Ronald James Davenport, Duluth, Minnesota 55814, pro se Petitioner.
D. Gerald Wilhelm and Gregory G. Brooker, United States Attorney's Office, 300 South Fourth Street, Suite 600, Minneapolis, MN 55415, for Respondent.
MEMORANDUM OPINION AND ORDER
SUSAN RICHARD NELSON, District Judge.
This matter is before the undersigned United States District Judge for consideration of Petitioner's Objections [Doc. No. 25] to United States Chief Magistrate Judge Arthur J. Boylan's August 16, 2013, Report and Recommendation [Doc. No. 15]. The Magistrate Judge recommended that Mr. Davenport's Petition for Writ of Habeas Corpus under 28 U.S.C. § 2241 [Doc. No. 1] and his First Amended Petition [Doc. No. 4] be dismissed with prejudice. For the reasons set forth below, the Court overrules Mr. Davenport's objections and adopts the R&R in its entirety.
The R&R documents the factual and procedural background of this case, and the Court incorporates it here by reference. Briefly stated, Mr. Davenport is confined at the Federal Prison Camp in Duluth, Minnesota, pursuant to a conviction and sentencing in the United States District Court, Eastern District of Washington for filing false liens in violation of 18 U.S.C. § 1521 (counts 1-4). (J. in a Criminal Case [Doc. No. 7-1 at 13].) Mr. Davenport was sentenced to a 41-month imprisonment term on each count, followed by three years of supervised release, with sentences to be served concurrently. (Id. at 14.) Mr. Davenport's sentence was computed from a commencement date of March 26, 2012, and he received credit for the time from his arrest on July 14, 2010, to his release to home confinement on August 16, 2010. (Public Information Inmate Data [Doc. No. 7-1 at 22].) Mr. Davenport was released to the supervision of Ms. Connie Larue and subject to electronic monitoring by the United States Probation Office. (Order Setting Conditions of Release [Doc. No. 7-1 at 5-11].)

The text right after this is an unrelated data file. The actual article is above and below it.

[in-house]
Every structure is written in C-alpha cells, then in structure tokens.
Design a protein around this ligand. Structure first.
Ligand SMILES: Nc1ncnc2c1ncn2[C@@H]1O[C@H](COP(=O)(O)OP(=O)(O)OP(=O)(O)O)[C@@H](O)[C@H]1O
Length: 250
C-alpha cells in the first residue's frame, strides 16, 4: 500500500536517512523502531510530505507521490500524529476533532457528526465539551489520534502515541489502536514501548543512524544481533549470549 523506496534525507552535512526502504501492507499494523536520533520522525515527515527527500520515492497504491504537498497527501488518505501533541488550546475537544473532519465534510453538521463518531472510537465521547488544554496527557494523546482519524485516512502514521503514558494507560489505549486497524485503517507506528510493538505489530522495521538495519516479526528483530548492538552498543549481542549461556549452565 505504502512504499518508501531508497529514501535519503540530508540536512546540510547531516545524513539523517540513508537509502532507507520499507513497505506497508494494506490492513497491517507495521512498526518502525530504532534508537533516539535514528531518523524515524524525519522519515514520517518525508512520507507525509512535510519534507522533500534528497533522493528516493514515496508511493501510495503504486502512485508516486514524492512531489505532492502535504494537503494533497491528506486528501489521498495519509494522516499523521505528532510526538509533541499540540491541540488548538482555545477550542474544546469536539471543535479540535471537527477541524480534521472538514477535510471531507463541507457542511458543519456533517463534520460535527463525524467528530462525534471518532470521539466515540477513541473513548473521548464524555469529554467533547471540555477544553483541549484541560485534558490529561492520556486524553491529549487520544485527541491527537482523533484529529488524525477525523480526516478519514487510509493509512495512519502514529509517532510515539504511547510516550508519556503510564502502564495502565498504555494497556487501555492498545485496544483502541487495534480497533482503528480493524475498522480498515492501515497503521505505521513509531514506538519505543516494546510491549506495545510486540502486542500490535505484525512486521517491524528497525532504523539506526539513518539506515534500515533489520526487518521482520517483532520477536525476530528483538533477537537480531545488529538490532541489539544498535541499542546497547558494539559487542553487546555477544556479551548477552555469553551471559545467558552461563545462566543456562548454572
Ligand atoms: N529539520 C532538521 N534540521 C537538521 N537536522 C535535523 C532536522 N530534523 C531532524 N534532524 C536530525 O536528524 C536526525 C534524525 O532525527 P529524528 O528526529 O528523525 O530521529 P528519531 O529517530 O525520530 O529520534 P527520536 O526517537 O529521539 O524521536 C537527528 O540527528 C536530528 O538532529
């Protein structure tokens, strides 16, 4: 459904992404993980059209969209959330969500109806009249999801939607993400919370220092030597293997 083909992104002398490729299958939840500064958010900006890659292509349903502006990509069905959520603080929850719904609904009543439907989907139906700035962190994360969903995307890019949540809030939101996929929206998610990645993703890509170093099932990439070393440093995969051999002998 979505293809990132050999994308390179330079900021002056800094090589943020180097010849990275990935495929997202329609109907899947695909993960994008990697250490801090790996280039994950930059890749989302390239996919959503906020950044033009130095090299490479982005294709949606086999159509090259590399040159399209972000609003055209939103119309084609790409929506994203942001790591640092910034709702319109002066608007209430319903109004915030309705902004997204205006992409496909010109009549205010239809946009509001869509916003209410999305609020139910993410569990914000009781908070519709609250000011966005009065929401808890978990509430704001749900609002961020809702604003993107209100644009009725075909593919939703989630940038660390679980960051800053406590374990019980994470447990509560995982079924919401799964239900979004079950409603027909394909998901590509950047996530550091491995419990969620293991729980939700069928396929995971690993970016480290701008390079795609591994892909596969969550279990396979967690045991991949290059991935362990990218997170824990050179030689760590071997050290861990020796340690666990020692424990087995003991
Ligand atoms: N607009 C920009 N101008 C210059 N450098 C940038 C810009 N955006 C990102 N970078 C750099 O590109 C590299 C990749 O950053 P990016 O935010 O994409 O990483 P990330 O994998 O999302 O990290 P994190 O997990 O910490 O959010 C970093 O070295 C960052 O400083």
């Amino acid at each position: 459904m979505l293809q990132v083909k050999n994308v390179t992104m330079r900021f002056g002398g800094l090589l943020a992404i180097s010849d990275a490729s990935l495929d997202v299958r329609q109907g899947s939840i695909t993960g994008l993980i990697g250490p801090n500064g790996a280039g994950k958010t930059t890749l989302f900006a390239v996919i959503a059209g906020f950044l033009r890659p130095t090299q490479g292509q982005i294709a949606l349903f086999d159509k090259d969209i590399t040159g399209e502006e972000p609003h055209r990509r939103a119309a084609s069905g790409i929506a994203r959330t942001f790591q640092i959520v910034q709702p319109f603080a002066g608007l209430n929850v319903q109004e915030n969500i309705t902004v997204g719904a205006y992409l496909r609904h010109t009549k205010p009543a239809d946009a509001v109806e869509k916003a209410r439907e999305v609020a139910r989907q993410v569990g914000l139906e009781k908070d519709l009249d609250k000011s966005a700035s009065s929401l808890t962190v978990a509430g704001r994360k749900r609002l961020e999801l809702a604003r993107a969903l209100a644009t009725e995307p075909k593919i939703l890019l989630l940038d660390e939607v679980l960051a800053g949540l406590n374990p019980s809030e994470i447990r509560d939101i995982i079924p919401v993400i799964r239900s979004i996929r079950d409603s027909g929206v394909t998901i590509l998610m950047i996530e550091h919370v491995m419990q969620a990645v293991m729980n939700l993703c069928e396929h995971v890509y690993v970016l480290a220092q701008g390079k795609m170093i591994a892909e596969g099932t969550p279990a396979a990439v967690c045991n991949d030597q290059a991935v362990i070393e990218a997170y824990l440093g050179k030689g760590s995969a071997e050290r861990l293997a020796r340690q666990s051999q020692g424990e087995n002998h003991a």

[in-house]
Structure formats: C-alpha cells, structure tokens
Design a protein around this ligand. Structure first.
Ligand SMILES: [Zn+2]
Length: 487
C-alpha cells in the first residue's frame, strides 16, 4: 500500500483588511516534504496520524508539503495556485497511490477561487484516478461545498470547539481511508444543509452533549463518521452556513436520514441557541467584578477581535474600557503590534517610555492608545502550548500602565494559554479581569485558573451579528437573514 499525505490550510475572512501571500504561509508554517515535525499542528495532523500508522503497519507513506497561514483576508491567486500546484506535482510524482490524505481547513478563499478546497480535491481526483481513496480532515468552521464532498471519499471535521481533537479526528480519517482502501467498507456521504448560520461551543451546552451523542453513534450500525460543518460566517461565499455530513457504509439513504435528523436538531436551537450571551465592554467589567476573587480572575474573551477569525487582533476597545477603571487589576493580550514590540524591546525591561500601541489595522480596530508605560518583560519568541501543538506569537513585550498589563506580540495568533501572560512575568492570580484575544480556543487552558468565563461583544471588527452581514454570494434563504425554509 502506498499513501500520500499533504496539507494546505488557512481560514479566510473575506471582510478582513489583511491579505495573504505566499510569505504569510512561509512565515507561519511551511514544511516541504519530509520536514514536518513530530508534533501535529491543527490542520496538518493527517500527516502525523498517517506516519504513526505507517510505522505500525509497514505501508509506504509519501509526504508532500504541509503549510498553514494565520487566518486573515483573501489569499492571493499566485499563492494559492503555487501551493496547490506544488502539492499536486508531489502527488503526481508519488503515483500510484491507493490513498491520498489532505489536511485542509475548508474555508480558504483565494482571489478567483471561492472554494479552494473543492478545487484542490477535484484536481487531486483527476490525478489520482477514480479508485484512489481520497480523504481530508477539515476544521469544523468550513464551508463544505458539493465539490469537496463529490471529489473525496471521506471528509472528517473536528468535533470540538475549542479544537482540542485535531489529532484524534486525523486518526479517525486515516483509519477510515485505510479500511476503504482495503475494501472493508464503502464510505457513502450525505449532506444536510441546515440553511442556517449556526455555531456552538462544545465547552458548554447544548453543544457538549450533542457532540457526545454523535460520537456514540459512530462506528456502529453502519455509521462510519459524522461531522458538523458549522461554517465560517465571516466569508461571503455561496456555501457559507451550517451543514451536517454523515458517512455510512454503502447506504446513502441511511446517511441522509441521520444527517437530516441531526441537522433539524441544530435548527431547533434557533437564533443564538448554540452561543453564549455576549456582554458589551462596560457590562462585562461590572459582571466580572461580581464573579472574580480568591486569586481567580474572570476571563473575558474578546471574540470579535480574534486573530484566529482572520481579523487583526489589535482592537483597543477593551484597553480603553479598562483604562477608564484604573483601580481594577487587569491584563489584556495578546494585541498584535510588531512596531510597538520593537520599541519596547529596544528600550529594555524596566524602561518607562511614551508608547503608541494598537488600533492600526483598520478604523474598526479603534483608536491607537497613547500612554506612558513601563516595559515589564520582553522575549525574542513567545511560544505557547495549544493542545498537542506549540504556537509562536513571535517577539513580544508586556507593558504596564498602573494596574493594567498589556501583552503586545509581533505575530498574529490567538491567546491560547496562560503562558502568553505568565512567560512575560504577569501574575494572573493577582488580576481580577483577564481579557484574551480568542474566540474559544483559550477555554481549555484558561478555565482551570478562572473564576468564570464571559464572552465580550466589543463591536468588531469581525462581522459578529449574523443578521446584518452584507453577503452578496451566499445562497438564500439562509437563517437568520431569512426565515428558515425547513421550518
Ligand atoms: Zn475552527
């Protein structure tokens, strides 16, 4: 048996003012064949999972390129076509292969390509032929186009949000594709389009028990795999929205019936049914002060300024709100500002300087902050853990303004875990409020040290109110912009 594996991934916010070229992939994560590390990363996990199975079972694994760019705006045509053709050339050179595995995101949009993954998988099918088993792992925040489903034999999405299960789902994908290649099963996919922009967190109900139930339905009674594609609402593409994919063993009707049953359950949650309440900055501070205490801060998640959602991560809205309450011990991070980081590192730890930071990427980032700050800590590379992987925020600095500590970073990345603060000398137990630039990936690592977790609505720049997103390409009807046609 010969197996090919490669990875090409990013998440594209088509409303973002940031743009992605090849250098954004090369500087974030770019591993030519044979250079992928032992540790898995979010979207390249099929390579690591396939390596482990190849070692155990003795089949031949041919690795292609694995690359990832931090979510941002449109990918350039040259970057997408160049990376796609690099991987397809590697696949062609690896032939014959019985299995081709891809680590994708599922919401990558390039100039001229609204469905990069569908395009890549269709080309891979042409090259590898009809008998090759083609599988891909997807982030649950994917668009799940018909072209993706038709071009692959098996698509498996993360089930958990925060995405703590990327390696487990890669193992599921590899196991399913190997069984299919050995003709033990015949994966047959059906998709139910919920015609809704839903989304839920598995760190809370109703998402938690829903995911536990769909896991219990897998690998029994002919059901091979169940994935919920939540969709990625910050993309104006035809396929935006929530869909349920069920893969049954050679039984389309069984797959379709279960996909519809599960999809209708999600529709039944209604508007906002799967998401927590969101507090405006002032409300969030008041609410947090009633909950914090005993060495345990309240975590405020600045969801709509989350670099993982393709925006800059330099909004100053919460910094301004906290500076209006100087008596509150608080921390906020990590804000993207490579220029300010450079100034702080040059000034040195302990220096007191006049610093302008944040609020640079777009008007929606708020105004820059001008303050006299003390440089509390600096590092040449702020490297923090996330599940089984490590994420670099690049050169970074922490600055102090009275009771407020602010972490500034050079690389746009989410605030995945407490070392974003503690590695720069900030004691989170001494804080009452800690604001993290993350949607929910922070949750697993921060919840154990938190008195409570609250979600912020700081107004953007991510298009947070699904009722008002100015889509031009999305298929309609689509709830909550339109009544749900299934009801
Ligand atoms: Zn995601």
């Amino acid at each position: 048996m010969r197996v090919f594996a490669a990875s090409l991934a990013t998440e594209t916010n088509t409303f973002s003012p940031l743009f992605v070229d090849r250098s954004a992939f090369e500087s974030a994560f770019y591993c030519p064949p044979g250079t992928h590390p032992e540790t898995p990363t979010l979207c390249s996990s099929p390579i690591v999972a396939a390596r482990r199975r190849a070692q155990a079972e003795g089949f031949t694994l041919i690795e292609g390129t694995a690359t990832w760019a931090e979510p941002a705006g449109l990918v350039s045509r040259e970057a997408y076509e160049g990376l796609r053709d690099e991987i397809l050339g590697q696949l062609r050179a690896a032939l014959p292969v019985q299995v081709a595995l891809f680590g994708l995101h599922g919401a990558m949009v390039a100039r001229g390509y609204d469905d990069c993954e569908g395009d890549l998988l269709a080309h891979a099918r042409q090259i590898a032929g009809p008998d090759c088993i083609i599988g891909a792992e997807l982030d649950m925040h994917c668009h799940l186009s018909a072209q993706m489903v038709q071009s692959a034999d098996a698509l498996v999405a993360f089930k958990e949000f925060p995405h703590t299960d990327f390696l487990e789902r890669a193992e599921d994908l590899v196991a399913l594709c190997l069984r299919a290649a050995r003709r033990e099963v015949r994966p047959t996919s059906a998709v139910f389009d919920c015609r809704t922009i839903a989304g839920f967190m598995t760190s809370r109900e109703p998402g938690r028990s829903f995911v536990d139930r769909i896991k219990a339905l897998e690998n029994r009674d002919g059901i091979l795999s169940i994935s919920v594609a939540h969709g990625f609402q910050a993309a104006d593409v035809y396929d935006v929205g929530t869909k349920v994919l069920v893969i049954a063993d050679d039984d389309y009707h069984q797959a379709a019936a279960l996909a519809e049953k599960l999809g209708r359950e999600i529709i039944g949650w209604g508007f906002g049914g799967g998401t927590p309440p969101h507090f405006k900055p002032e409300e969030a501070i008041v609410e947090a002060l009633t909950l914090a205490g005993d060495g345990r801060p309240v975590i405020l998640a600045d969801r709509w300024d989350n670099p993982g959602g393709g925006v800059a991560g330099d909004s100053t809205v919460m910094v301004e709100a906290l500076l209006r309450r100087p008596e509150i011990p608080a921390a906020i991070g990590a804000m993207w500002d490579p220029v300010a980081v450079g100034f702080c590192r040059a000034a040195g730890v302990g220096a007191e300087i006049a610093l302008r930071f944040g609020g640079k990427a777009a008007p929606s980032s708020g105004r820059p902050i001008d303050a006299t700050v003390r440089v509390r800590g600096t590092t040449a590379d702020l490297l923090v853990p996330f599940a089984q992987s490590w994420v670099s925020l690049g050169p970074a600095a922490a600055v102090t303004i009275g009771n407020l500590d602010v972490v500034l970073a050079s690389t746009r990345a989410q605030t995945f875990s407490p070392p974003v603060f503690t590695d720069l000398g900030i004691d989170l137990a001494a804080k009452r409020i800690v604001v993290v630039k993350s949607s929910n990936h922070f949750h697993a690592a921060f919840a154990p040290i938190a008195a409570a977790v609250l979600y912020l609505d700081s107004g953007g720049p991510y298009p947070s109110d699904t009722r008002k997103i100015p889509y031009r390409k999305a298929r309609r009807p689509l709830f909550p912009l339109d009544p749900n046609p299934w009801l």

In this habeas corpus action, Mr. Davenport claims that he is entitled to further credit against his term of sentence for the time he spent in home confinement with electronic monitoring (approximately 19.5 months). The Magistrate Judge disagreed with Mr. Davenport and recommended that this Court dismiss Mr. Davenport's Petition for Writ of Habeas Corpus and his First Amended Petition with prejudice. (Aug. 16, 2013, Report and Recommendation at 4-5 [Doc. No. 15].) On August 29, 2013, Mr. Davenport objected to the R&R. (Pet'r's Objection to Report and Recommendation [Doc. No. 19].) On September 12, 2013, the Government responded to Mr. Davenport's objections. (Resp. of United States to Pet'r's Objection [Doc. No. 23].) On September 30, 2013, Mr. Davenport objected to the Government's response. (Pet'r's Objection to Resp't's Answer to Pet'r's Objection [Doc. No. 25].)
A. Standard of Review
A party "may file and serve specific written objections to a magistrate judge's proposed findings and recommendations." D.Minn. LR 72.2(b)(1). The district court will review de novo those portions of the R&R to which an objection is made, and it "may accept, reject, or modify, in whole or in part, the findings or recommendations made by the magistrate judge." 28 U.S.C. § 636(b)(1)(C); FED. R. CIV. P. 72(b)(3); D.Minn. LR 72.2(b)(3). Ordinarily, the district judge relies on the record of proceedings before the magistrate judge. D.Minn. LR 72.2(b)(3).
Mr. Davenport essentially argues that the months he spent on pre-sentence home confinement should be considered "official detention, " because he was under the direct supervision of a federal officer. (Pet'r's Objection to Aug. 16, 2013, Report and Recommendation at 4 [Doc. No. 19].) Mr. Davenport objects to the Magistrate Judge's reliance on the United States Supreme Court's definition of "official detention" in Reno v. Koray , 515 U.S. 50, 56 (1995), and he claims that "official detention" instead means "detention by a ...